The average ballgame contains at least 40 minutes of ads, not counting the pre- and post-game shows.
Many of these ads have achieved cultural significance, to the point where people at the water cooler talk more about the commercials than the game itself.
So here's a look at how ads for 10 different types of products reflect the audience watching it, and the American consumer culture in general.
This piece uses 10 commercials as a launchpad for my commentary on the sports-watching society.
Gatorade, which is apparently calling itself G-Series now, advertises a lot, featuring ads with everyone from Michael Jordan to Keith Jackson to Joe Mauer. It dominates the sports drink market over Powerade by 3-to-1, but, by contrast, dominates the sports drink commercial market by about 20-to-1. So why does Gatorade advertise much more than it has to?
Because in order to get the growth need to be a sustainable product, Gatorade (and its parent company Pepsi) needs to sell G-Series not only to professional athletes, but to small-time players, people who just work out from time to time and even couch potatoes.
I would venture to say that a large and growing portion of Gatorade's market is people who drink it for taste rather than its electrolyte-regenerating properties. And that brings up a main theme in sports commercials...buy our product so you'll be an athlete instead of a miserable lout.
I'll admit it...I've been watching Ken Burns' "Prohibition" on PBS instead of sports. And that makes me wonder how we went from 46 states going dry to beer commercials every other break. And that's not counting additional commercials for things like Guiness Stout (now the sponsor of ESPN's 5 ET "Around the Horn/Pardon the Interruption" hour) and Captain Morgan that have such high alcohol content they have to be predicated with "Please drink responsibly."
The best answer I can come up with for why we do is that sports audiences are predominantly red, white and blue...that is, rednecked, white trash or blue-collar, or at least people who have those roots, and revisit them every weekend. Many of those groups were opposed to prohibition, and all drink more than the average Joe to this day.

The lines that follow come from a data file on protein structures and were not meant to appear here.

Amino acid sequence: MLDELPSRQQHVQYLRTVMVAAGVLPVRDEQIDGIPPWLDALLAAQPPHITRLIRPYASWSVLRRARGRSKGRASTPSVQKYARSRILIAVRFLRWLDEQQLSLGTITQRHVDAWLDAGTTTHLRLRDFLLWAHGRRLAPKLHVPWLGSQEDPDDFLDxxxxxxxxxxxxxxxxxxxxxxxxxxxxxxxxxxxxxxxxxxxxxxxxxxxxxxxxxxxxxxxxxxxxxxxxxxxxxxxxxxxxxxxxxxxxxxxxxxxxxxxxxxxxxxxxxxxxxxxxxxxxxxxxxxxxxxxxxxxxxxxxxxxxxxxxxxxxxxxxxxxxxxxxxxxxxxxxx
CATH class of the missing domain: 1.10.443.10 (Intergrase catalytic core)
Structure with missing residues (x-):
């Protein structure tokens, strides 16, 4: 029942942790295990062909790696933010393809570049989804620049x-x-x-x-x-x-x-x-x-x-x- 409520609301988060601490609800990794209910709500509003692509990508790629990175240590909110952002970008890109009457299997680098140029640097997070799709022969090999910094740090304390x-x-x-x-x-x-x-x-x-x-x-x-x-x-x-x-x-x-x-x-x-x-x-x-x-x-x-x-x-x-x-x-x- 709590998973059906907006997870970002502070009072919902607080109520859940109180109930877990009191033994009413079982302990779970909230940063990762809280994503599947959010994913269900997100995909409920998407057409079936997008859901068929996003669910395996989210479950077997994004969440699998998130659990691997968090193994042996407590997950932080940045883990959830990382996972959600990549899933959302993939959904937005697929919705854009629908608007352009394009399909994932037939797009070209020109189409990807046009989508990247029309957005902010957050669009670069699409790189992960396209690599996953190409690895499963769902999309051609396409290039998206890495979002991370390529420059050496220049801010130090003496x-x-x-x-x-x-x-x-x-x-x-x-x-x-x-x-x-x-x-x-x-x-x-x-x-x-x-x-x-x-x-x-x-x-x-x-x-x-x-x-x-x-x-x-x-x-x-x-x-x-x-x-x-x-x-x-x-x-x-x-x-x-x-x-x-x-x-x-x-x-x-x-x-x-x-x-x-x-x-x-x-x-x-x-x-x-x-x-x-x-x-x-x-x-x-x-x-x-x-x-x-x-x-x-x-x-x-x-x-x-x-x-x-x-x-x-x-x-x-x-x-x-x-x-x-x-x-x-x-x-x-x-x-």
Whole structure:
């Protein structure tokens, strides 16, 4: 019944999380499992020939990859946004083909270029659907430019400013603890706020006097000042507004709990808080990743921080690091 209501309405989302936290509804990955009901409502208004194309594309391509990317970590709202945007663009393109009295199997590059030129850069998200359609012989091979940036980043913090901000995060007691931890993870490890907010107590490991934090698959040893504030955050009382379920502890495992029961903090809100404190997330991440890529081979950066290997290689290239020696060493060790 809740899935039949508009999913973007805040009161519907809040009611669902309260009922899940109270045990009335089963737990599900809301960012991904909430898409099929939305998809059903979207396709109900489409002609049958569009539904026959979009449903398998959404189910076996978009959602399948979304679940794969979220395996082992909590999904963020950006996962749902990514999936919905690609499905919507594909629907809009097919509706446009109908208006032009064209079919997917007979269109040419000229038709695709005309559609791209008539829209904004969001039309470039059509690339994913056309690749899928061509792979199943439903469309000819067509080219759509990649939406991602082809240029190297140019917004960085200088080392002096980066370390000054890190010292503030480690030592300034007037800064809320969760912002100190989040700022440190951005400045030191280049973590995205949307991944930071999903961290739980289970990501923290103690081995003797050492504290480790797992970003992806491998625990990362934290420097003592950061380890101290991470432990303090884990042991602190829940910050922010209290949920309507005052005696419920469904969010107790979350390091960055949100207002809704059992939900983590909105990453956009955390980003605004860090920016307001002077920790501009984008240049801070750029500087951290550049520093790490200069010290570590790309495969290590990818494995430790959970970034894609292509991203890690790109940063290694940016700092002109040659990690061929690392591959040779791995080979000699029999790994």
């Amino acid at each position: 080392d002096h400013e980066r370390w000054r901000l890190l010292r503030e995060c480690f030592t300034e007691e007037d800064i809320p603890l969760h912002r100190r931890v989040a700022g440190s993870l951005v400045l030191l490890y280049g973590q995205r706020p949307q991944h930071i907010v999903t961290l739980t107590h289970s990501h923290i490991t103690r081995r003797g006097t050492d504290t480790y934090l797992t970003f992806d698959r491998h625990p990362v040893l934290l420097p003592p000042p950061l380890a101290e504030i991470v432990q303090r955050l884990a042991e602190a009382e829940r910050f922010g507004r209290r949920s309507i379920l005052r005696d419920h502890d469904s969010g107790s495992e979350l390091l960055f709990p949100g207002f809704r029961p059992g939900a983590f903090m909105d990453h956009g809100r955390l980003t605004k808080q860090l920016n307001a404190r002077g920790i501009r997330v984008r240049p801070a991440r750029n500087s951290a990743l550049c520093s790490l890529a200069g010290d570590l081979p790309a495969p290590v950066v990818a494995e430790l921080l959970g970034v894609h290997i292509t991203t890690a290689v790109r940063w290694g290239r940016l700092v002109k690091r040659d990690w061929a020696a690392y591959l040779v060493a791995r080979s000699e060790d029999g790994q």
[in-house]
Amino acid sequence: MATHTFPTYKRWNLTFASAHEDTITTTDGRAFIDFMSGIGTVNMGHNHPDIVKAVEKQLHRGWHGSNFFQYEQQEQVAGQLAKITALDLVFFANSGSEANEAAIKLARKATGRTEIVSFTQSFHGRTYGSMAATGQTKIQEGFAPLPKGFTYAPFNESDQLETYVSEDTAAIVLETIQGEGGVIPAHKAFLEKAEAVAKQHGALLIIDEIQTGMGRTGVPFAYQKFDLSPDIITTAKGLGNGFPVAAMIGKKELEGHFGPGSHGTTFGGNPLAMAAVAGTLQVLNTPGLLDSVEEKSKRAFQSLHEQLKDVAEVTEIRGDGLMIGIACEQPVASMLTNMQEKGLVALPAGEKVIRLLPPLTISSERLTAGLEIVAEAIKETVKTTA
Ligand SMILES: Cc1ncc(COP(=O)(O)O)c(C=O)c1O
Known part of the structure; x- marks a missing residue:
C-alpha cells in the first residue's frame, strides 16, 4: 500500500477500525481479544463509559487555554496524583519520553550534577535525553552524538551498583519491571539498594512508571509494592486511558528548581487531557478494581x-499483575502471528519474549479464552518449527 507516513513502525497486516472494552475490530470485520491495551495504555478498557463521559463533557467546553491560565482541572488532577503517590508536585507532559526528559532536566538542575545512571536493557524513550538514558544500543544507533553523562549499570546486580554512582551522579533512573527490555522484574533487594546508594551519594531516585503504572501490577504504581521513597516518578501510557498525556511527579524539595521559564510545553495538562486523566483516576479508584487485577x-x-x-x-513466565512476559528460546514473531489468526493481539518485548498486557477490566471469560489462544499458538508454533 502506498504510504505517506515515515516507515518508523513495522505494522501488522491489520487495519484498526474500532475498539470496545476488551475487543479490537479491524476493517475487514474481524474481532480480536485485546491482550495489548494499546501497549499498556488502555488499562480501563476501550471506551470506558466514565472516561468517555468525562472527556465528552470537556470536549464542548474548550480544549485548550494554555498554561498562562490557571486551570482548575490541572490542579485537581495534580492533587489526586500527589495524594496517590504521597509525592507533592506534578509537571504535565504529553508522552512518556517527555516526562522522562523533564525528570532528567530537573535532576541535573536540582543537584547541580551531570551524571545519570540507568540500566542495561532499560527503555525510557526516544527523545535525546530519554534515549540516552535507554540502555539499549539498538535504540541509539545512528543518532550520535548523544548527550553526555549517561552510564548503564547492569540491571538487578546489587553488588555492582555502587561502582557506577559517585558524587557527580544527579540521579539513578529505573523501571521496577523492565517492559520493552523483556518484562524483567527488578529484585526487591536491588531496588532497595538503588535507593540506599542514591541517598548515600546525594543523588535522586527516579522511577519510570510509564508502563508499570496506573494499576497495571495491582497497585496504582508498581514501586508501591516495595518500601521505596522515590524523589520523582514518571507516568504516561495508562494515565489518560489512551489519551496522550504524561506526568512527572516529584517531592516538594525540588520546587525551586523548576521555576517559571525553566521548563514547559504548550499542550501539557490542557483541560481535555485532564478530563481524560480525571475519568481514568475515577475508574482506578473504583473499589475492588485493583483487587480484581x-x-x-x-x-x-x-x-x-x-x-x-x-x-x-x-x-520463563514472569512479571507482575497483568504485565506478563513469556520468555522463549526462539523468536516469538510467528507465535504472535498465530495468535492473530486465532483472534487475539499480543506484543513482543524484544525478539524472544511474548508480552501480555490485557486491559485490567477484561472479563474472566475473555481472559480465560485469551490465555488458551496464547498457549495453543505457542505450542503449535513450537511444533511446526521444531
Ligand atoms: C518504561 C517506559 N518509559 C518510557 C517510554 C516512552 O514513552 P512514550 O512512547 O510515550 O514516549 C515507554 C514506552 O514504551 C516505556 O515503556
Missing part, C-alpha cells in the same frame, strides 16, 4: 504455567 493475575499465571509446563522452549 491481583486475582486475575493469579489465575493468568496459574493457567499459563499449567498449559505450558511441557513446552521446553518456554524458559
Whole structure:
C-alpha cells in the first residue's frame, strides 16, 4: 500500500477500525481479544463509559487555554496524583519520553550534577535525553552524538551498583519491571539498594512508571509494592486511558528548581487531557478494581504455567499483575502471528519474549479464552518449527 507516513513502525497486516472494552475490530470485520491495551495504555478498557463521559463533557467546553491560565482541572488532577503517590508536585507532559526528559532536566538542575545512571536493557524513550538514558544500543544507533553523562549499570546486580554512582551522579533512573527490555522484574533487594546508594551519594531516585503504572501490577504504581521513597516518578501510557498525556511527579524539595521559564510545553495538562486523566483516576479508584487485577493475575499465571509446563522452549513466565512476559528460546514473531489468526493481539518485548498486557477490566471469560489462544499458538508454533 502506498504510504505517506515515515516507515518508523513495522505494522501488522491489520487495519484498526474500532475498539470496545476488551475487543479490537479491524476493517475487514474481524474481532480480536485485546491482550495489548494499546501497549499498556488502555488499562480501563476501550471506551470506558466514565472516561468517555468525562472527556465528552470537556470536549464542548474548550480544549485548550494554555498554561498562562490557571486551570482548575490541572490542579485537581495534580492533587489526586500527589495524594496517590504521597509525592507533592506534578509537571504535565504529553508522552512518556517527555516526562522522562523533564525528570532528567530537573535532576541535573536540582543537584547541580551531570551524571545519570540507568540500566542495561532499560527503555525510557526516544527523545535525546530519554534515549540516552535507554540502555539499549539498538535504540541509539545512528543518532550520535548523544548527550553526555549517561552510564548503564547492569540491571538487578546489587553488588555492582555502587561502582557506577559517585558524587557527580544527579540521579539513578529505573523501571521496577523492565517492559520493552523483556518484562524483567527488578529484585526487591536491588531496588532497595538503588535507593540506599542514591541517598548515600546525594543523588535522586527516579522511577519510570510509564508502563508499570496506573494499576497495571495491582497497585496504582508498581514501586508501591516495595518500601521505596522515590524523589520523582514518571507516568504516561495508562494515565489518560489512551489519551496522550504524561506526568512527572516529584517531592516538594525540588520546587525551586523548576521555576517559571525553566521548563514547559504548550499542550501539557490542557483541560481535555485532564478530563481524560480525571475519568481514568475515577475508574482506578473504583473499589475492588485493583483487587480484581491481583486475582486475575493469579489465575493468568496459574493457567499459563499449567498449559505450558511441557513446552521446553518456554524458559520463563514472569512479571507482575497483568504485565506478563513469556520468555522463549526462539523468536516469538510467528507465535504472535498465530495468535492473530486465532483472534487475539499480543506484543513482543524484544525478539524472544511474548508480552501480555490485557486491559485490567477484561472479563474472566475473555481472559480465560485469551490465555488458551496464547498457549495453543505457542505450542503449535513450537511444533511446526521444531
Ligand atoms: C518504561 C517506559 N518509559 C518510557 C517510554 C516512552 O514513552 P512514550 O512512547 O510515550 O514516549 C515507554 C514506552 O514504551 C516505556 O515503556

Furthermore, the trivialization of intellectualism in this commercial highlights the anti-intellectual belief by redneck America that just by making mistakes instead of book learning, they know more. Which they don't. Being able to have a beer with someone should take a backseat to them actually being competent.
The movie trailers you see during sports breaks partially say something about "the business" and partially say something about the aforementioned disproportionately "red, white and blue" audience of sports.
What it says about "the business" of making movies: That studios make most of their money from formulaic action and horror films with a lot of bad acting, worse writing and CGI of stuff blowing up, rather than films with commanding acting and writing performances that win lots and lots of Oscars, Critics' Choice Awards, etc.
What it says about the viewing audience: They aren't particularly into intellectually-stimulating or critically-acclaimed movies like The Help or 50-50 (which was advertised in dramas and game shows instead), they just want to get really scared with horror flicks or really pumped with action flicks. And I suppose that makes sense. There isn't any sports on PBS. People don't follow up the Ravens-Steelers game with Downton Abbey. You don't watch a romance flick in a bar.
By the way, as I was editing this slide, I just saw a Dr. Pepper ad that spoofs both movie trailers and "sporting man" machismo.
I have seen this Viagra commercial with the Chuck Norris-like pillar of machismo and stick-to-it-iveness during almost every commercial break of the Division Series (the other commercials, it's the Viagra manly man in the sailboat). There are similar drugs to help men get their mojo back, be it other drugs in MLB coverage or even drugs in Little League World Series coverage.
What do I think this says about people who watch baseball? That they're middle- and older-aged white men who think they have trouble in the bedroom and will pay money to fix it, as opposed to other demographics. This ad highlights an important trend in baseball-watching demographics, and American demographics in general—the graying of America.
What should I do? Should I just sell shoes? --LeBron James
To me, one of the biggest contrasts is between the prescense of Viagra on baseball ads and shoes on basketball ads. It really highlights the contrast in aspirations between whites (many of whom want to be either baseball players or have careers in something other than sports) and blacks (many of whom want to be basketball or football players).